Date of Award


Publication Type

Master Thesis

Degree Name



Computer Science


Computer Science.


Aggarwal, A. K.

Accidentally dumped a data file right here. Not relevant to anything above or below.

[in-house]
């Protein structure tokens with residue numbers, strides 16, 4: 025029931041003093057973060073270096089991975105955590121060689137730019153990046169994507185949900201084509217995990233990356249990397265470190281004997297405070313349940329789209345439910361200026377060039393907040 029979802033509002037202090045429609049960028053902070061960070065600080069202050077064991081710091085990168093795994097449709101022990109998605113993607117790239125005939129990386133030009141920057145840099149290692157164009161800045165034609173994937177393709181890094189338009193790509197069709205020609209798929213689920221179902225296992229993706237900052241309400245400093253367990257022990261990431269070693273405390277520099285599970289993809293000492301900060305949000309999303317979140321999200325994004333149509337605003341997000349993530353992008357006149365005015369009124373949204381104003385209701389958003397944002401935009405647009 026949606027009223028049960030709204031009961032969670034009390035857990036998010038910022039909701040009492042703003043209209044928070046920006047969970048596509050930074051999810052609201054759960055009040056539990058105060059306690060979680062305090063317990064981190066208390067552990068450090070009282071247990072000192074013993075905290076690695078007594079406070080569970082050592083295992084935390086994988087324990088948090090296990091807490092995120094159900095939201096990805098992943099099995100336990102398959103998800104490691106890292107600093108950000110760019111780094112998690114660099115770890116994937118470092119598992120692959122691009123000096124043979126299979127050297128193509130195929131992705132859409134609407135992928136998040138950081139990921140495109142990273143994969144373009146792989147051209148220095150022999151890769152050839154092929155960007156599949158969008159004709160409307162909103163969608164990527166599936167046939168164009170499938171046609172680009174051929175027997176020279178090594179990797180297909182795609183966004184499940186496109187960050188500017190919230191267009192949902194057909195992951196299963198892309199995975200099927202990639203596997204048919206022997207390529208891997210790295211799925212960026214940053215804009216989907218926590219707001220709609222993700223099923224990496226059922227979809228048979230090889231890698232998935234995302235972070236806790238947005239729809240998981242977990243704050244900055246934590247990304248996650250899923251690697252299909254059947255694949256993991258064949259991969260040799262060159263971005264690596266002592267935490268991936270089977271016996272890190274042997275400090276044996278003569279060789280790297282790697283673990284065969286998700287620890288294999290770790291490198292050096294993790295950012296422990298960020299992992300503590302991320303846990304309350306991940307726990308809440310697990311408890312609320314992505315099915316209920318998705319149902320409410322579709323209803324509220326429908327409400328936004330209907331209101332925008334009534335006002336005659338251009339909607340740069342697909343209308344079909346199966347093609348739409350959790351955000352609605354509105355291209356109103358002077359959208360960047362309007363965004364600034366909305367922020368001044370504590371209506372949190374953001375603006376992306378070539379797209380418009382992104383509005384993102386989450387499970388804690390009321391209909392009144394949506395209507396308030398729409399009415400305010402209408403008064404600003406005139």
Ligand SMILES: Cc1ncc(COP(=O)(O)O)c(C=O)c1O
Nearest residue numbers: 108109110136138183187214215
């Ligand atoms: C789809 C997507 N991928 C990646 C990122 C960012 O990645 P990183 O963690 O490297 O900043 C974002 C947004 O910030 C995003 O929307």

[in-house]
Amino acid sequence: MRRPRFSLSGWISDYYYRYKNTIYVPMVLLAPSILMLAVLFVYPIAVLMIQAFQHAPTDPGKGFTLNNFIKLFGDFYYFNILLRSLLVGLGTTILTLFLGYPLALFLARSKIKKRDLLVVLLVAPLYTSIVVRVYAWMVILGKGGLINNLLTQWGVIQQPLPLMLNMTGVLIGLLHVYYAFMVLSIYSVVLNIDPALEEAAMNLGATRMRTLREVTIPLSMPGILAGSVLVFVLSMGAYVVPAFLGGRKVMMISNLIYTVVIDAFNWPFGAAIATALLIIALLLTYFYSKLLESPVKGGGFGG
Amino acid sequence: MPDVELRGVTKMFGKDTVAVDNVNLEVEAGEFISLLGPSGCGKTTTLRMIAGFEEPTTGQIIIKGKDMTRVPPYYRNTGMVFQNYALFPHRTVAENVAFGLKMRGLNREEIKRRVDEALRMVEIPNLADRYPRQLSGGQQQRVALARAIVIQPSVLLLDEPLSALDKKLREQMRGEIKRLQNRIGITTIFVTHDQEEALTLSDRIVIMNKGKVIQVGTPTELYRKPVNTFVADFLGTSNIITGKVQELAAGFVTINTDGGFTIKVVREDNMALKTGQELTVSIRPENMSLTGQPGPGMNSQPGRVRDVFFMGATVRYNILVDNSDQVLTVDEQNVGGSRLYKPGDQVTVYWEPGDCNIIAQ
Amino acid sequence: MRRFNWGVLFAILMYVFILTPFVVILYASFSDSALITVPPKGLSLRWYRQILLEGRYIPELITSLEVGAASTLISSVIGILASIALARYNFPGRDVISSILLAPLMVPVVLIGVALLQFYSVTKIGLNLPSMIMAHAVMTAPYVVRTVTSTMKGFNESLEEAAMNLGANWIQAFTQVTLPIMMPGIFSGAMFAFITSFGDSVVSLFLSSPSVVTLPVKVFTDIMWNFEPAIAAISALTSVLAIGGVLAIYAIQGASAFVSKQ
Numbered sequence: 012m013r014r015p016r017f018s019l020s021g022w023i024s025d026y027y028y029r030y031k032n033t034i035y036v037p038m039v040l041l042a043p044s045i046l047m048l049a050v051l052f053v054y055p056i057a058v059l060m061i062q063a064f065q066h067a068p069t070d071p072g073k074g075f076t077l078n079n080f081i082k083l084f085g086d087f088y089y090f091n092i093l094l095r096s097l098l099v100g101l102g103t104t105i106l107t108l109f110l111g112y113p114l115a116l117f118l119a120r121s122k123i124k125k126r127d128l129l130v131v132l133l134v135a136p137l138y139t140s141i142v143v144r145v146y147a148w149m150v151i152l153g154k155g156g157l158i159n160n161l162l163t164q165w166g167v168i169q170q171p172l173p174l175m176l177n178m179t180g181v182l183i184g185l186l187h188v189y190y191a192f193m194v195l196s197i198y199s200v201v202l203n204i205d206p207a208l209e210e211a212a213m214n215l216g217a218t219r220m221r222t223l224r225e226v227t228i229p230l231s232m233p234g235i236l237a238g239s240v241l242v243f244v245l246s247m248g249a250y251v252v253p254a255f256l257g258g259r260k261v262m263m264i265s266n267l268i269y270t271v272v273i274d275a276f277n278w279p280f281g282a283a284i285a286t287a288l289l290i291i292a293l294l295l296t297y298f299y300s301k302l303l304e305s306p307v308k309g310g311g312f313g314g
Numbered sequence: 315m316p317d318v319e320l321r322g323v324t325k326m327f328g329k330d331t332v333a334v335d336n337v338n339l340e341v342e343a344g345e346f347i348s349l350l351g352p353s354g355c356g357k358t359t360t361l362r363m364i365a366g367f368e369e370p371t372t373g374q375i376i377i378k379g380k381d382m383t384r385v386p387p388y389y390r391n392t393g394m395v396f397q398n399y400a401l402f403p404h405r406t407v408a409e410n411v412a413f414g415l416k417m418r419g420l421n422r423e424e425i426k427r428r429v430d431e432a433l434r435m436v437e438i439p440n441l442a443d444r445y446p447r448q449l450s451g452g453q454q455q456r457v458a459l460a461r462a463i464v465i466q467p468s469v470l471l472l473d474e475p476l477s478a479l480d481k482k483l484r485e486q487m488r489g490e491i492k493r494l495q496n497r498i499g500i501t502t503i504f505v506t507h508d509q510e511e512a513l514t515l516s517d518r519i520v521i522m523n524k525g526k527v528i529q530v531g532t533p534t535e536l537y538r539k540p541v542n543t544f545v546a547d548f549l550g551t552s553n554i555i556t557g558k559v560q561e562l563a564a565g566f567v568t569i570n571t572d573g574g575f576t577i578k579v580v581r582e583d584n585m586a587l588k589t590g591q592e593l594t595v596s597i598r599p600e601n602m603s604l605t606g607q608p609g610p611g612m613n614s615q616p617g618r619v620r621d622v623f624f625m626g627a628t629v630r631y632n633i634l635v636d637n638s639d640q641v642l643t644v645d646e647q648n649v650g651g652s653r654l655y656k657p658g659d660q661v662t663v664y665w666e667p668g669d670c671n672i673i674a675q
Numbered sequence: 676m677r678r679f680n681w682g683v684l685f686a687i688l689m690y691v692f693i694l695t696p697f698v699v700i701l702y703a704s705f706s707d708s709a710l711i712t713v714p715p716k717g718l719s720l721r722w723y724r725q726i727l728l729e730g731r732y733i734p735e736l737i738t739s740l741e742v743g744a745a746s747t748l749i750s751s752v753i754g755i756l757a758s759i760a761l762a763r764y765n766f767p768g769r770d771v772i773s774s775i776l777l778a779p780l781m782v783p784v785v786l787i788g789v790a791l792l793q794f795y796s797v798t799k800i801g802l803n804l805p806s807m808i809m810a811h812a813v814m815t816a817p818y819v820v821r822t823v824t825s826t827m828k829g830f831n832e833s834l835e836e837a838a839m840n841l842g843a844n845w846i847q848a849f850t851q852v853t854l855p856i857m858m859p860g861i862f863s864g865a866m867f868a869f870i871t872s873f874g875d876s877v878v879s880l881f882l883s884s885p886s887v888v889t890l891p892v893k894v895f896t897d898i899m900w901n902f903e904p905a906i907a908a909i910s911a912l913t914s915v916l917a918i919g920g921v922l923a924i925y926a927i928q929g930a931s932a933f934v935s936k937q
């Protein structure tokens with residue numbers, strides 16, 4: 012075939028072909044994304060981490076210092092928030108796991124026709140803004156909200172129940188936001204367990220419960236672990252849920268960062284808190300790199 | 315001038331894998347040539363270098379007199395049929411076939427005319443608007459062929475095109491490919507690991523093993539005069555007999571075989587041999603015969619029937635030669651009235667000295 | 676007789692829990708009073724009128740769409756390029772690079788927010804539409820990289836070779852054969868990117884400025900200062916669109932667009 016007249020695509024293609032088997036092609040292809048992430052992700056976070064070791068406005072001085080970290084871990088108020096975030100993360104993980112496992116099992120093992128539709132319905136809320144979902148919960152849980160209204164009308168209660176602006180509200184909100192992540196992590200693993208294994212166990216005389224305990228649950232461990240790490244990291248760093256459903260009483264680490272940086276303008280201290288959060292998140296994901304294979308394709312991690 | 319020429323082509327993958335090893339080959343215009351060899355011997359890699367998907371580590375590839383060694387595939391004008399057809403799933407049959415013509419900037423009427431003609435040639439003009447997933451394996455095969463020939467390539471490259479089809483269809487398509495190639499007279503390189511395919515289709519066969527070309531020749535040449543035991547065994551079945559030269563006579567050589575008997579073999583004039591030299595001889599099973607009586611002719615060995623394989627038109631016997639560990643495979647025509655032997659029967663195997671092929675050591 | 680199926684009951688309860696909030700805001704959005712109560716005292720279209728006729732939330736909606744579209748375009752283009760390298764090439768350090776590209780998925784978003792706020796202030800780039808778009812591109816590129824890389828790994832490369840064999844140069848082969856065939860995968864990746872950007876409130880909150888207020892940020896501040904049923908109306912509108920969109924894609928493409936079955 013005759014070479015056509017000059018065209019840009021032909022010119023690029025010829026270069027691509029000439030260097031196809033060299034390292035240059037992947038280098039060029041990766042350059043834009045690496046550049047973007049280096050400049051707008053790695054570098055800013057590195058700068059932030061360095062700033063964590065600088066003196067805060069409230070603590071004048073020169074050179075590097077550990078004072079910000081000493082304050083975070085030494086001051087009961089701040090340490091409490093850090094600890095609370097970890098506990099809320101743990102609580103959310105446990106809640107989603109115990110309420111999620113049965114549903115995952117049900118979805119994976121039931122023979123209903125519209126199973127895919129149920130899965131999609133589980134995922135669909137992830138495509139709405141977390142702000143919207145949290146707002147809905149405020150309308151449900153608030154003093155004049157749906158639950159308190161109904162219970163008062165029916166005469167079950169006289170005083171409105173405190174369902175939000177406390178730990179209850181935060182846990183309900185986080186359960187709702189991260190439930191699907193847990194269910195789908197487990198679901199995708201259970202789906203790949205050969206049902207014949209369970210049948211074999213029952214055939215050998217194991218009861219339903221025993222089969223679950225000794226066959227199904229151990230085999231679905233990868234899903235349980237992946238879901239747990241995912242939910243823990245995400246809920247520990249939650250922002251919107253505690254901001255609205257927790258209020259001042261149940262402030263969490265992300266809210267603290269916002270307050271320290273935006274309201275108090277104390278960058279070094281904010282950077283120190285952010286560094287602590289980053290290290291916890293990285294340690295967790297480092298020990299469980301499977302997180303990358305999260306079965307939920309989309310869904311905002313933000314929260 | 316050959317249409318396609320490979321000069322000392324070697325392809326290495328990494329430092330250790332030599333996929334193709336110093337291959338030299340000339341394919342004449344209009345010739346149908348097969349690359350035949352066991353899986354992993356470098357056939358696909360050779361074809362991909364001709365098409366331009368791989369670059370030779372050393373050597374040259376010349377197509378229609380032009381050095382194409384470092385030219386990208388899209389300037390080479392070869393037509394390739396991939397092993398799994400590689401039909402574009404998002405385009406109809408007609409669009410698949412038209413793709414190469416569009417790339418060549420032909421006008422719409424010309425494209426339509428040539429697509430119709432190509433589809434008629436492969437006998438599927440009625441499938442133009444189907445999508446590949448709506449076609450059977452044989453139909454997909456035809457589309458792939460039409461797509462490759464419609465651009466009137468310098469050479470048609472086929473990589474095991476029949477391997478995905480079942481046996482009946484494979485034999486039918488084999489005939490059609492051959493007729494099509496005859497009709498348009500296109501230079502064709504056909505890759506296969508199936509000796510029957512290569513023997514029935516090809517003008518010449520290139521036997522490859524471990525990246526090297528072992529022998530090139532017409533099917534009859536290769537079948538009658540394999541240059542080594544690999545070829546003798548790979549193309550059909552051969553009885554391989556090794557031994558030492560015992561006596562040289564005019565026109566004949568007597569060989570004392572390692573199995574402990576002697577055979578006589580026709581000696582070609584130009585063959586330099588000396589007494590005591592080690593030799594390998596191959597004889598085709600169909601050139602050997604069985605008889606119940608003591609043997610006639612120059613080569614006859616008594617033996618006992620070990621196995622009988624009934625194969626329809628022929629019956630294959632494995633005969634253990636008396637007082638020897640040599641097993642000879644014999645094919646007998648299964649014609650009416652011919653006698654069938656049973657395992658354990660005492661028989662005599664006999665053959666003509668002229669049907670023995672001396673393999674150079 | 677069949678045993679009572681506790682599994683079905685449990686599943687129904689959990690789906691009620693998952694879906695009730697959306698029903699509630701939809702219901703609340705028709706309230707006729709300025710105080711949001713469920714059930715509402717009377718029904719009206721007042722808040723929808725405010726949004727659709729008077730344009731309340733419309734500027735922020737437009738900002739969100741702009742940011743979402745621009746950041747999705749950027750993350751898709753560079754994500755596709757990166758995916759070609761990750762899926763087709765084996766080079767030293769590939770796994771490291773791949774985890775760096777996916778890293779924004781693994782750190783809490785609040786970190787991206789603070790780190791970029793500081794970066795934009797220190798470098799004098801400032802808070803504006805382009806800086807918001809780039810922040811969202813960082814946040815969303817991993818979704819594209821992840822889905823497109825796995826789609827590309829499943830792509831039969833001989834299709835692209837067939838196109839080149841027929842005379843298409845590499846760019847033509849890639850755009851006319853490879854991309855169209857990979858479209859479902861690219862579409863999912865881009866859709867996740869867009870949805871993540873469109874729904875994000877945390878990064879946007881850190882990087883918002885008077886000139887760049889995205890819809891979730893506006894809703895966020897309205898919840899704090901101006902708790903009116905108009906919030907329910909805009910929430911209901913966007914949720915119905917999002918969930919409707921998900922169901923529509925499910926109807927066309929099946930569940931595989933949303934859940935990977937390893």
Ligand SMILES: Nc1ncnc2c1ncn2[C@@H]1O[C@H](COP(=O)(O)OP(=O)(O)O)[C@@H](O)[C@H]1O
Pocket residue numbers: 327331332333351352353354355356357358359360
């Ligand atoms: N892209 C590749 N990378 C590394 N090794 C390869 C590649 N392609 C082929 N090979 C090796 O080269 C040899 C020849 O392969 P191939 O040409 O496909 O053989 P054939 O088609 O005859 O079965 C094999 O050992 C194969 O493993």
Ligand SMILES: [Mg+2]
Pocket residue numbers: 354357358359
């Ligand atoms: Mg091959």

With the growth of the Internet, the problem of congestion has attained the distinction of being a perennial problem. The Internet community has been trying several approaches for improved congestion control techniques. The end-to-end approach is considered to be the most robust one and it has served quite well until recently, when researchers started to explore the information available at the intermediate node level. This approach triggered a new field called Active Networks where intermediate nodes have a much larger role to play than that of the naive nodes. This thesis proposes an active congestion control (ACC) scheme based on Available Bandwidth-based Congestion Detection (ABCD), which regulates the traffic according to network conditions. Dynamic changes in the available bandwidth can trigger re-negotiation of flow rate. We have introduced packet size adjustment at the intermediate router in addition to rate control at sender node, scaled according to the available bandwidth, which is estimated using three packet probes. To verify the improved scheme, we have extended Ted Faber's ACC work in NS-2 simulator. With this simulator we verify ACC-ABCD's gains such as a marginal improvement in average TCP throughput at each endpoint, fewer packet drops and improved fairness index. Our tests on NS-2 prove that the ACC-ABCD technique yields better results as compared to TCP congestion control with or without the cross traffic. Source: Masters Abstracts International, Volume: 43-03, page: 0870. Adviser: A. K. Aggarwal. Thesis (M.Sc.)--University of Windsor (Canada), 2004.